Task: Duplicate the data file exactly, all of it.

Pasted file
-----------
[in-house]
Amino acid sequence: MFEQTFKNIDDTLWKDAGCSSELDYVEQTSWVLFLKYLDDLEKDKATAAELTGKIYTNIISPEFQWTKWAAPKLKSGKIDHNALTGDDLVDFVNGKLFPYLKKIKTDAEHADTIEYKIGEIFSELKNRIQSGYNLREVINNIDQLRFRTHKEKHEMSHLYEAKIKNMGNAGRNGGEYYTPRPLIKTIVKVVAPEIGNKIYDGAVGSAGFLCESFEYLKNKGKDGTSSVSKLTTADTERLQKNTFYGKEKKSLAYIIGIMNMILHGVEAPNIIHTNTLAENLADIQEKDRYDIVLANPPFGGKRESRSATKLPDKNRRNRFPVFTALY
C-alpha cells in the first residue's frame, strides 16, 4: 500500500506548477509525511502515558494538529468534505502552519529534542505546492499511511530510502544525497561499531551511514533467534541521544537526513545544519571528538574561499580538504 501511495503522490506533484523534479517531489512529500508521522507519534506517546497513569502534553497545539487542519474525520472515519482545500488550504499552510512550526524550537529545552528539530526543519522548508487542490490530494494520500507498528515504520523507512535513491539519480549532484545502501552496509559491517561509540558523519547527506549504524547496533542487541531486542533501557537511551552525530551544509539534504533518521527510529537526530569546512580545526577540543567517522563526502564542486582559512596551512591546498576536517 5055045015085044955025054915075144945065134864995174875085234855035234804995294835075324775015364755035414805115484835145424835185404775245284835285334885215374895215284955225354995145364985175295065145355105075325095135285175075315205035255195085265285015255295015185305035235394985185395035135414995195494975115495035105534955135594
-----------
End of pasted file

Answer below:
[in-house]
Amino acid sequence: MFEQTFKNIDDTLWKDAGCSSELDYVEQTSWVLFLKYLDDLEKDKATAAELTGKIYTNIISPEFQWTKWAAPKLKSGKIDHNALTGDDLVDFVNGKLFPYLKKIKTDAEHADTIEYKIGEIFSELKNRIQSGYNLREVINNIDQLRFRTHKEKHEMSHLYEAKIKNMGNAGRNGGEYYTPRPLIKTIVKVVAPEIGNKIYDGAVGSAGFLCESFEYLKNKGKDGTSSVSKLTTADTERLQKNTFYGKEKKSLAYIIGIMNMILHGVEAPNIIHTNTLAENLADIQEKDRYDIVLANPPFGGKRESRSATKLPDKNRRNRFPVFTALY
C-alpha cells in the first residue's frame, strides 16, 4: 500500500506548477509525511502515558494538529468534505502552519529534542505546492499511511530510502544525497561499531551511514533467534541521544537526513545544519571528538574561499580538504 501511495503522490506533484523534479517531489512529500508521522507519534506517546497513569502534553497545539487542519474525520472515519482545500488550504499552510512550526524550537529545552528539530526543519522548508487542490490530494494520500507498528515504520523507512535513491539519480549532484545502501552496509559491517561509540558523519547527506549504524547496533542487541531486542533501557537511551552525530551544509539534504533518521527510529537526530569546512580545526577540543567517522563526502564542486582559512596551512591546498576536517 5055045015085044955025054915075144945065134864995174875085234855035234804995294835075324775015364755035414805115484835145424835185404775245284835285334885215374895215284955225354995145364985175295065145355105075325095135285175075315205035255195085265285015255295015185305035235394985185395035135414995195494975115495035105534955135594